If there is one state where the National Rural Employment Guarantee Scheme (NREGS) has been a resounding success, it is Andhra Pradesh. This has been possible because of some key success factors that made the implementation near flawless.
These include support from the political and bureaucratic leadership and built-in safeguards for failproof implementation, which provide for speedy registration of eligible candidates, without fear or favour. It is pertinent to note here that the programme was monitored by the Rashtriya Grameena Abhivruddi Samacharam (RAGAS), a grass-roots rural outfit, in partnership with Tata Consultancy Services, and in collaboration with the state rural development department. This structured model (it has no precedent in India) made speedy registration of the wage seeker, who is at the centre of the operations, possible. It ensured that leakages are eliminated or at least minimized, as well as open access to information to all stakeholders and citizens. The model also enabled transaction-based reliable, timely and comparable information. It allowed tracking of every single rupee spent, and monitoring of time and cost overruns. RAGAS enables the rural wage seeker at the bottom rung of the economic ladder to access entitlements of NREGS by handling registration, work estimates, muster rolls and wage payments to ensure timely disbursements.
A major complaint all over India is about delays and corruption in payment of the prescribed fair wage. In Andhra Pradesh, payments are made within a week of completion of the previous week’s work. How does this happen?
By the last (sixth) day of a week, the measurement sheets and the muster rolls of the entire week are closed and delivered at the mandal (sub-block) computer centre. The next day the muster data are fed into the computer and the cheques are prepared. On Day 8, the pay orders are generated, and by Day 10, these are deposited in workers’ post office accounts. By Day 13, the workers can draw their wages from their post office accounts. Since the computer system is linked end to end, the status of any work registered through the system is visible and can be verified.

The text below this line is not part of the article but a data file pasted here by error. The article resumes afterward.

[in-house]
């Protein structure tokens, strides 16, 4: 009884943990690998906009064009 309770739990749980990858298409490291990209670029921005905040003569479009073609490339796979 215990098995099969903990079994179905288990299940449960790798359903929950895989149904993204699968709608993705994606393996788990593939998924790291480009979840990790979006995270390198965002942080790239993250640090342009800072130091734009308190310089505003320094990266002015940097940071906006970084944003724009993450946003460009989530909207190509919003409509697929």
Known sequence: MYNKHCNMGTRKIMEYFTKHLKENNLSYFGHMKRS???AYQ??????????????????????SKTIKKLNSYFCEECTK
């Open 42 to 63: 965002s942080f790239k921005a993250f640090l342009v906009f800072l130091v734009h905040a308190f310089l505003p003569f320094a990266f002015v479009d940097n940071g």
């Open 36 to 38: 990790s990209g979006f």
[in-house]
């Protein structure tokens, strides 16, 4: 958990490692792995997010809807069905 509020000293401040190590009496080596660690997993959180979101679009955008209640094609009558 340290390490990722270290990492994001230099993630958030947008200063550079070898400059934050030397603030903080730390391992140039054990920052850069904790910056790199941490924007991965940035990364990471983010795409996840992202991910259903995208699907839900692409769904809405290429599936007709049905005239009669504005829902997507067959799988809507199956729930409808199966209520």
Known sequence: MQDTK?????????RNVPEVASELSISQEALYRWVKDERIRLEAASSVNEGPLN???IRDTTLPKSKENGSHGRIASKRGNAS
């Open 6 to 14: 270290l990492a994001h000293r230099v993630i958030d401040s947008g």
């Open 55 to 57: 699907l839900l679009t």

This model keeps track of the work from the day the work ID is generated, and any delay/default in payment becomes easily visible. This network of data can be accessed at www.nrega.ap.gov.in
The system facilitates public scrutiny ensuring tranparency and social audit. Information from the grass roots reaches the top administrators in a jiffy.
The social audit is stringent here. A periodic public meeting is a regular feature at the mandal headquarters. It is attended by people from every village and their elected representatives, the media, the NREGS functionaries and senior government officers. Village-wise social audit findings are read out at such meetings as well. This is as much a forum for fixing responsibility for lapses, as for action taken reports—both bouquets and brickbats.
The magnitude of the scheme in Andhra Pradesh can be judged by the following: By the first week of January, 923,46.6 million works worth Rs824,937.86 lakh have been estimated and sanctioned, and around 338,812 works are in progress.
The stakeholders, public at large, the media and NGOs are able to play the effective watchdog, because the system facilitates that.
NREGS’ goal is of empowering 18 million poor in 65,000 villages spread over 275,000km in the country, and preventing the malaise of discrimination, inequitable wages among men and women, delayed and less than entitled payments, and ensuring sustainable development of degraded lands even in remote areas. For achievement of such a big goal, the nitty-gritties are key. Such packages must be minutely tailored for the beneficiaries.
V.B.N. Ram retired as a senior executive in the corporate sector.Comment at firstname.lastname@example.org